Searching for a job over 50 can be a daunting task, especially if you’re looking to get back to the workforce after some years of being away. But take heart. You have plenty of strengths and skills, plus the wisdom of years to strategize and be any company's top choice. You just have to know how to present yourself in the best possible light.
Update your resume and avoid any job gaps that can make the employer doubt your qualifications. It takes recruiters 20 to 30 seconds to scan your resume and decide if they're interested. Limit your resume to only one or two pages and avoid using heavy graphics.
Focus on your accomplishments and expertise summary, and stick with relevant experience over the past 10-15 years only. Mention skills related to the job description, even if it means different resumes for different job openings.
You should also skip college graduation or other dates from years ago. Never lie, but remember you're selling skills, not your age.
Finally, don't forget a concise cover letter and proofread all documents carefully. You may not be the world's greatest writer, but this is a chance to show your attention to detail.
Technology has taken the world by storm, and if you want to compete, it’s imperative to have a digital platform. Today, it’s not uncommon for recruiters to use LinkedIn to research candidates for certain roles. Your LinkedIn profile should highlight your skills and stay up to date. If you don’t know how to create a profile, reach out to friends or family members.
Job searching may have changed over the years, but how interviews work has remained constant. Before your interview, learn as much as possible about your interviewer, the industry, the company, and its competitors. Make sure your information is current, and don't forget Google is your friend. The more informed you are, the better you'll be able to answer questions and ask them. Plus, it showcases your diligence.
If you want to ace your interview, practice is key. Enlist the help of a colleague, family member, or friend to act as a hiring manager. To prepare for an interview with someone much younger, examine stereotypes or assumptions, and avoid slipping into the way you talk with your kids. Remain professional, inquisitive, and friendly, and show you get along well with younger people since you'll likely be working with them.
Focusing on what you can do for the company and showing your eagerness to learn will draw attention away from your age.
The interview begins the moment you enter the room, and you only get one chance to make a good first impression. Your personal grooming and how you dress are critical. Dress formally if in doubt and, even if the dress code is casual, take it up a notch with a jacket or crisp blouse. Stick with low-key accessories, and remember this applies to online interviews, as well.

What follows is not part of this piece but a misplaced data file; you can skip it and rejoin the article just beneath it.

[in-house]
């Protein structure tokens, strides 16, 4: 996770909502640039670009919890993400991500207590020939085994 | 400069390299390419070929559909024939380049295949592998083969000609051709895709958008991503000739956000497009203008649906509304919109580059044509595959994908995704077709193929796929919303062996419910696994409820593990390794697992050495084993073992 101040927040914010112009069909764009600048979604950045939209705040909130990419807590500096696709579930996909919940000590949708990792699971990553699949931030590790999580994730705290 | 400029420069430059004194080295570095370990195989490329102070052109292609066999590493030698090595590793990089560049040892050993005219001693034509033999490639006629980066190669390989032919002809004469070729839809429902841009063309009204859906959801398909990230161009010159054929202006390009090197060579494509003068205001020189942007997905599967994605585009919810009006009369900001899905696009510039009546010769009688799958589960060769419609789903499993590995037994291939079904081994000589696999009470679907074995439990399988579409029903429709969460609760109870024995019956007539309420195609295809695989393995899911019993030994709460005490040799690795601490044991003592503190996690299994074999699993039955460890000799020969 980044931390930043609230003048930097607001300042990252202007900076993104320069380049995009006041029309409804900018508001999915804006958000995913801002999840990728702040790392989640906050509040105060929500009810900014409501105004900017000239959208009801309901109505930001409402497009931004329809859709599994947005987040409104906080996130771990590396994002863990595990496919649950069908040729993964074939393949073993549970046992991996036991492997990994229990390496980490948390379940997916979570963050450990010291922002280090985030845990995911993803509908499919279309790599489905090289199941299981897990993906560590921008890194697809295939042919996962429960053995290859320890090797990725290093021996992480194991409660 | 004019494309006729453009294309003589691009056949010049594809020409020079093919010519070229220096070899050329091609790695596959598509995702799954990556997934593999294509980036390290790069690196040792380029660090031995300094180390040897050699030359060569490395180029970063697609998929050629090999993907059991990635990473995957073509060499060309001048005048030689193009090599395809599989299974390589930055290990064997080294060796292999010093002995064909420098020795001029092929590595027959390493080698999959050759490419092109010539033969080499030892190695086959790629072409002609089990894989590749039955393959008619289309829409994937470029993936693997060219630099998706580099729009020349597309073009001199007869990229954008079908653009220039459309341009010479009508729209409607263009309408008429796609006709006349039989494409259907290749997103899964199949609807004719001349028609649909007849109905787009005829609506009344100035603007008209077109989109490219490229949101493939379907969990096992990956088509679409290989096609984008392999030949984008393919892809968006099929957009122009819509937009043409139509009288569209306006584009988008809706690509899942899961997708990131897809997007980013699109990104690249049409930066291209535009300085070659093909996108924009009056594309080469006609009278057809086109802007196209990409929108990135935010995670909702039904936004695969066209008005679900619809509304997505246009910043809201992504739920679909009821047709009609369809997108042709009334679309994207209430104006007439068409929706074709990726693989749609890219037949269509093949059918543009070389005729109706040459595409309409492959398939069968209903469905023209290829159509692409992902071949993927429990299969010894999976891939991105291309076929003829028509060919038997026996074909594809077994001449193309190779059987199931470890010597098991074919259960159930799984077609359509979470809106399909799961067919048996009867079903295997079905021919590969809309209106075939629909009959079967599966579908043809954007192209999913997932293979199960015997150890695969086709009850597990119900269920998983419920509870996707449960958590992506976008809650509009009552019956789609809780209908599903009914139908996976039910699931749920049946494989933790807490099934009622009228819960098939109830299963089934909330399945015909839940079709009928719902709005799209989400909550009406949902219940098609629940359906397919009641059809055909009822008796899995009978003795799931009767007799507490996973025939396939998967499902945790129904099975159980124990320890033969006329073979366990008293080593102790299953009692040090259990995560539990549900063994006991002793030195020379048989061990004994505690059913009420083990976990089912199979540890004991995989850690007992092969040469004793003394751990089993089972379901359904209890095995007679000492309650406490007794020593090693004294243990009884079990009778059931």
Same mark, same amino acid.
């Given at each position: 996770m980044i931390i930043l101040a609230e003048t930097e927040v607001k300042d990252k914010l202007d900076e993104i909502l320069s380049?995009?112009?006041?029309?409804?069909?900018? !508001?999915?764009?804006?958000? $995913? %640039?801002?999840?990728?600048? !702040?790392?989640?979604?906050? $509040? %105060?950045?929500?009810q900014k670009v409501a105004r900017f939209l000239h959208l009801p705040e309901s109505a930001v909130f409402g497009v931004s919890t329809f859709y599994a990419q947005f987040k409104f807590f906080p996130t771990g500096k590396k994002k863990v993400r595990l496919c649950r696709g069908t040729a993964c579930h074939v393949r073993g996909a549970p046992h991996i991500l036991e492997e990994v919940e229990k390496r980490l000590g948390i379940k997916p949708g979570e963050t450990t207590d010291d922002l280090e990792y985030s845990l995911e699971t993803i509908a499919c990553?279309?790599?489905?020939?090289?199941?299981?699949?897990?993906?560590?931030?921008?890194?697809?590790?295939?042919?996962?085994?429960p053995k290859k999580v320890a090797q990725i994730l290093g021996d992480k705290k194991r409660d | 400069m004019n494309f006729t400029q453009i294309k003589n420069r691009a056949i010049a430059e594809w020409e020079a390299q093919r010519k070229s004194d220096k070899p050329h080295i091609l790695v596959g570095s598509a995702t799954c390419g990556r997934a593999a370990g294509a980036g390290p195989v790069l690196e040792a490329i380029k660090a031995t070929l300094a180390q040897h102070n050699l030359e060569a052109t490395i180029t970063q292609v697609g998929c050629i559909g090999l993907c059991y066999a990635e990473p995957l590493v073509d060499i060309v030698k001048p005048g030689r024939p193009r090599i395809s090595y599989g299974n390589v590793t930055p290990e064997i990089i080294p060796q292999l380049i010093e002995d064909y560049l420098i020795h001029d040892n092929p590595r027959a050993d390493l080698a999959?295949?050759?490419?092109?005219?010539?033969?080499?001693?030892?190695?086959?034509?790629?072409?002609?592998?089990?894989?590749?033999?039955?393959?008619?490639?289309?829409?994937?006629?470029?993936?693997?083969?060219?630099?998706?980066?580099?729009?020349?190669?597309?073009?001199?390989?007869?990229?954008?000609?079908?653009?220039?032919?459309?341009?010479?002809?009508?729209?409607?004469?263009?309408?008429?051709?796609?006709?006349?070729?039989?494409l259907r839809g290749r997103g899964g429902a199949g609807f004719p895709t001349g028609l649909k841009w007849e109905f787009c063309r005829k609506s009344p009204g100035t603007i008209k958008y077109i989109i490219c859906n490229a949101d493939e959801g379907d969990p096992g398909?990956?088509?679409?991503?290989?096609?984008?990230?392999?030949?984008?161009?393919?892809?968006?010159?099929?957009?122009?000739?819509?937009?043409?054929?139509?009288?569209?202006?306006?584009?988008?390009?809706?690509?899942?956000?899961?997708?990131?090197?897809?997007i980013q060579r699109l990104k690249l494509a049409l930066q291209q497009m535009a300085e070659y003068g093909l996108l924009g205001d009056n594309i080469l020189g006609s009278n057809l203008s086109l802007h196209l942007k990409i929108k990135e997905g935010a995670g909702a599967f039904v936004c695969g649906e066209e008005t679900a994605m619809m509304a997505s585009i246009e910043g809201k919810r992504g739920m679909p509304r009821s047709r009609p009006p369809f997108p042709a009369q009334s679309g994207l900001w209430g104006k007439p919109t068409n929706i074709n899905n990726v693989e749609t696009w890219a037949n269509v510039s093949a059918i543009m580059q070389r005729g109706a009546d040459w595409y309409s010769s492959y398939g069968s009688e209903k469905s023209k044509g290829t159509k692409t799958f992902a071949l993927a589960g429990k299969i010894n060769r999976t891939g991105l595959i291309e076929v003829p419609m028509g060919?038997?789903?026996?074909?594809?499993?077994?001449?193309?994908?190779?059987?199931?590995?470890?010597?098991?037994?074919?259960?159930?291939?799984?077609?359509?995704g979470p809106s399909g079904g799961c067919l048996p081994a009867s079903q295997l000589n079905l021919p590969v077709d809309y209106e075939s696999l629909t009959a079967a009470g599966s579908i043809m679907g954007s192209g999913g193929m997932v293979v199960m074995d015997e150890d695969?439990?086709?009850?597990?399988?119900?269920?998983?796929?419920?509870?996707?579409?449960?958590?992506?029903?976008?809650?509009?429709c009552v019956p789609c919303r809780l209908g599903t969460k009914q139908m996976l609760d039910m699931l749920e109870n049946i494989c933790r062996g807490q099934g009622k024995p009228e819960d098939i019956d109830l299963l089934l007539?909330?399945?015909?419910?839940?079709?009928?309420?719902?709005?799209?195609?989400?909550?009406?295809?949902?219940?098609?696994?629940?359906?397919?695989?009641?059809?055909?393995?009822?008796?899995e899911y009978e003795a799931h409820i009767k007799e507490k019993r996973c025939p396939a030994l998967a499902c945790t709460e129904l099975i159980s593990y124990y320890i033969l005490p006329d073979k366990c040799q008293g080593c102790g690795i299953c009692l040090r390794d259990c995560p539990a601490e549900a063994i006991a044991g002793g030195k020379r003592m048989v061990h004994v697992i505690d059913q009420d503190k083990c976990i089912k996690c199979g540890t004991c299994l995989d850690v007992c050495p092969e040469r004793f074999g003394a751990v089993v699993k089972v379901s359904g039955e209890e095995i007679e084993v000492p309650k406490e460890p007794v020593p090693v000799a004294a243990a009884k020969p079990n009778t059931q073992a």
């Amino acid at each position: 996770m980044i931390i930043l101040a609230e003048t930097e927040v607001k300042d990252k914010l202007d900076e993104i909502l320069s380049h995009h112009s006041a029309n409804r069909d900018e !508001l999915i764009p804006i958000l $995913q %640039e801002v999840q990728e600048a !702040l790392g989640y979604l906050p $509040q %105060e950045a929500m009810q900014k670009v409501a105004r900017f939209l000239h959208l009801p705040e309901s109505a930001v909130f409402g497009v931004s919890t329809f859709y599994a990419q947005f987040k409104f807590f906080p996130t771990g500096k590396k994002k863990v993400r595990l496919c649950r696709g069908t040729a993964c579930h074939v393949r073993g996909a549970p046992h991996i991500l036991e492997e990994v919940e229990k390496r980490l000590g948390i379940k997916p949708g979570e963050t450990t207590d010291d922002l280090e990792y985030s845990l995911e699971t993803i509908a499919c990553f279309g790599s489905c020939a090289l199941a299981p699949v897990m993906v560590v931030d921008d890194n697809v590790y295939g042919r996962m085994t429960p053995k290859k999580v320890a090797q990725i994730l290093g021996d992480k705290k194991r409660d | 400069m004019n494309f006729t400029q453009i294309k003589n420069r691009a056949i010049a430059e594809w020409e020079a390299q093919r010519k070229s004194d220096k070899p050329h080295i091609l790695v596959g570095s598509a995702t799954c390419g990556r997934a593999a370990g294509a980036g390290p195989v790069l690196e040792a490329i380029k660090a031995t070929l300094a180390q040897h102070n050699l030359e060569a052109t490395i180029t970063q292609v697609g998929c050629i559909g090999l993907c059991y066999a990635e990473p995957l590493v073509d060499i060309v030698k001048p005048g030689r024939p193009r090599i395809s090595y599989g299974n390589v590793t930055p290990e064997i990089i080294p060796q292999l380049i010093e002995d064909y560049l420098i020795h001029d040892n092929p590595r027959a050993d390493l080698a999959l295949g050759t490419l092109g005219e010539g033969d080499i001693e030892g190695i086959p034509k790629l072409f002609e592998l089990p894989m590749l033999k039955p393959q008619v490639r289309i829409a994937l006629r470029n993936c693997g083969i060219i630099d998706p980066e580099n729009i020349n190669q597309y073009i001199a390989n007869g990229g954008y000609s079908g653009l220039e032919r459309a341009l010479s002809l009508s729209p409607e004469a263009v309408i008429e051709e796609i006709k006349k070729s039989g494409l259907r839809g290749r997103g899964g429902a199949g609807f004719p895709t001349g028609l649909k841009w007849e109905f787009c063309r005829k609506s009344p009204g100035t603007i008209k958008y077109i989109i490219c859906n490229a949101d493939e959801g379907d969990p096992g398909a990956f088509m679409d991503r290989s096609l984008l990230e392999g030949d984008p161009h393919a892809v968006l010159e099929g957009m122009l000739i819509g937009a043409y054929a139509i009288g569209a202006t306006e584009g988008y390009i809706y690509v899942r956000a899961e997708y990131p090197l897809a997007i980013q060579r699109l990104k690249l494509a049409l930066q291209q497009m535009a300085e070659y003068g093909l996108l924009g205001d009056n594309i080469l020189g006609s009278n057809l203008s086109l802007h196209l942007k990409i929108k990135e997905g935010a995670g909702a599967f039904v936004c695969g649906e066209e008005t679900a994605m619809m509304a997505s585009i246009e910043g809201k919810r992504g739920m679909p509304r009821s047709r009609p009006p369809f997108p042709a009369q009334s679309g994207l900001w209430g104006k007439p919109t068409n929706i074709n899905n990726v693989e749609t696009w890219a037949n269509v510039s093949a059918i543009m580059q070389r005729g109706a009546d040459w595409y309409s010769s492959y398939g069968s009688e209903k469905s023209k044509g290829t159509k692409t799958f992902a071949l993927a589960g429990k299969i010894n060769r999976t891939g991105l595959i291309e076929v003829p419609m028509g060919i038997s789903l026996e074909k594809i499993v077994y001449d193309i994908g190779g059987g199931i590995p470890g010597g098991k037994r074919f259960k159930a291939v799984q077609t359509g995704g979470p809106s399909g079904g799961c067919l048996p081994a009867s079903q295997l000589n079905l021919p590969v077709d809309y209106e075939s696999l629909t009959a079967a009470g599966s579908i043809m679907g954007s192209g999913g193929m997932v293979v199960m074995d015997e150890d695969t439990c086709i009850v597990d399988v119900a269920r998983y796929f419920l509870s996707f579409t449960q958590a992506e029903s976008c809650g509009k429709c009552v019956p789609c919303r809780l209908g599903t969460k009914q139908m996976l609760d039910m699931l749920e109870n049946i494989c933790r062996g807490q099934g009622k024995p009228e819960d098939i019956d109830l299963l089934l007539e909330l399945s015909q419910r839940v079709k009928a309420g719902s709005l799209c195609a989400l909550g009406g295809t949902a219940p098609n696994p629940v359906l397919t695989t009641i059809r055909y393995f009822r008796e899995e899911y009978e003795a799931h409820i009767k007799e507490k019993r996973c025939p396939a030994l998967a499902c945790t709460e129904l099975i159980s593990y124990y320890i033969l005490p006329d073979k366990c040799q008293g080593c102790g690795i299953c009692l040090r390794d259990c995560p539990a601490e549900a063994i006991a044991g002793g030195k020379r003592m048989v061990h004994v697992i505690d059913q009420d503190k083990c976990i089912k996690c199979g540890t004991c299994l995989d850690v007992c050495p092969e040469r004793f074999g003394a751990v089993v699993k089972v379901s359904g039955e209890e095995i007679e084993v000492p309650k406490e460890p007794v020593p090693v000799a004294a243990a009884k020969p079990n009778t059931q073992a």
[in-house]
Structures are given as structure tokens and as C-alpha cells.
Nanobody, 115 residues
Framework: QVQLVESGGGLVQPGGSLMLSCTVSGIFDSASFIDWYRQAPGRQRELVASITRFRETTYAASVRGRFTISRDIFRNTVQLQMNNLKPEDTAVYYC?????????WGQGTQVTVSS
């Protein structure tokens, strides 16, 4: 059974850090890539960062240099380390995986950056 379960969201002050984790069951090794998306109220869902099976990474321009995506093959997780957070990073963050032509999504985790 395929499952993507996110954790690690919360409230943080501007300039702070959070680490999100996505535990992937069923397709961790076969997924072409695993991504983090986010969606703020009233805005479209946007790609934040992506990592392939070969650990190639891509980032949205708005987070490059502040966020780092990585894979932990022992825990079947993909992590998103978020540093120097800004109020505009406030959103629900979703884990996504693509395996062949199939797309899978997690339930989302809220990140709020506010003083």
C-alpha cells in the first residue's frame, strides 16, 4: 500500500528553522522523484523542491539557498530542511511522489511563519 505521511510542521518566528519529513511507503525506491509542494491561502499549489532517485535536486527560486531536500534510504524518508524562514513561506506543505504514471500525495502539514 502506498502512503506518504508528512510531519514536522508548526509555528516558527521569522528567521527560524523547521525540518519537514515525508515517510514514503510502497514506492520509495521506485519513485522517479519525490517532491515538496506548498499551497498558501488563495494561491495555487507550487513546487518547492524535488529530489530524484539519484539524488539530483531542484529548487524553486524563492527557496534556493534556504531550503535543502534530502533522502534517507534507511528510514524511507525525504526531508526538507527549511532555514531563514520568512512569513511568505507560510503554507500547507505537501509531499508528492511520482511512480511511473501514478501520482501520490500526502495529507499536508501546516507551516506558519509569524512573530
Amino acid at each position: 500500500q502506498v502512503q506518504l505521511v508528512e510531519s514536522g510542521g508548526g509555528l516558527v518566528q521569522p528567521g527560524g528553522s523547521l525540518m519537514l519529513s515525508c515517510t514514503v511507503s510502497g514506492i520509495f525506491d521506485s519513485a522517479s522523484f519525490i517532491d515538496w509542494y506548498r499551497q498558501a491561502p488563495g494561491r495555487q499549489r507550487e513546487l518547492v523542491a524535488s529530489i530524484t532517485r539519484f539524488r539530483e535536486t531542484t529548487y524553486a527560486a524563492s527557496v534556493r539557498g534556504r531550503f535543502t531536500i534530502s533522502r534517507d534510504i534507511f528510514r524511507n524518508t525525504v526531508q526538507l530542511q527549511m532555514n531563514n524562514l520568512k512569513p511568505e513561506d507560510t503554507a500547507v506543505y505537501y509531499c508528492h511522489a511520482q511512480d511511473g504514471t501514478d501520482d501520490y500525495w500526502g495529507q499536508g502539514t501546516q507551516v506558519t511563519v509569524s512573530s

Consider shopping for a new outfit, polishing your shoes, or getting a haircut or trim. Updating your image will boost your confidence and reflect in your attitude.
“Your network is your net worth” is a common saying but one that holds a lot of weight. The job market is often more about who you know than what you know. Some of the best resources include job fairs, former colleagues, former classmates, and people you’ve worked with on past projects.
Technology has revolutionized networking, and thanks to LinkedIn, you can connect with like-minded individuals who can point you in the right direction. You can also sign up for LinkedIn job notifications.
Let your colleagues and contacts know you’re open to new opportunities. Who knows? Your next job might come from the unlikeliest of places, such as your dentist. Leverage social media such as LinkedIn and Facebook to connect. You can also search Twitter and other platforms for others in your field.
Employers always want individuals with the most up-to-date skills in the industry. Be sure to keep up with best practices by attending workshops, seminars, education courses, or volunteer work. You may meet your next employer by involving yourself in such activities.
Contractual work is one of the most effective ways of getting a job as an older worker. Taking part-time work helps fill in resume gaps, earn money, and build or practice skills. During your interview, you can mention your openness to contractor work which offers employers an opportunity to see your work ethic. You may end up negotiating for a higher salary by foregoing the benefits of a full-time worker.
Age doesn't have to work against you. On the contrary, you can use it to your advantage to highlight skills that make you stand out from the younger talent. Refrain from discussing your age; instead, focus on skills you've developed, such as problem-solving, time management, or project system development. You can also offer practical examples of times you’ve used these skills and the impact they had.
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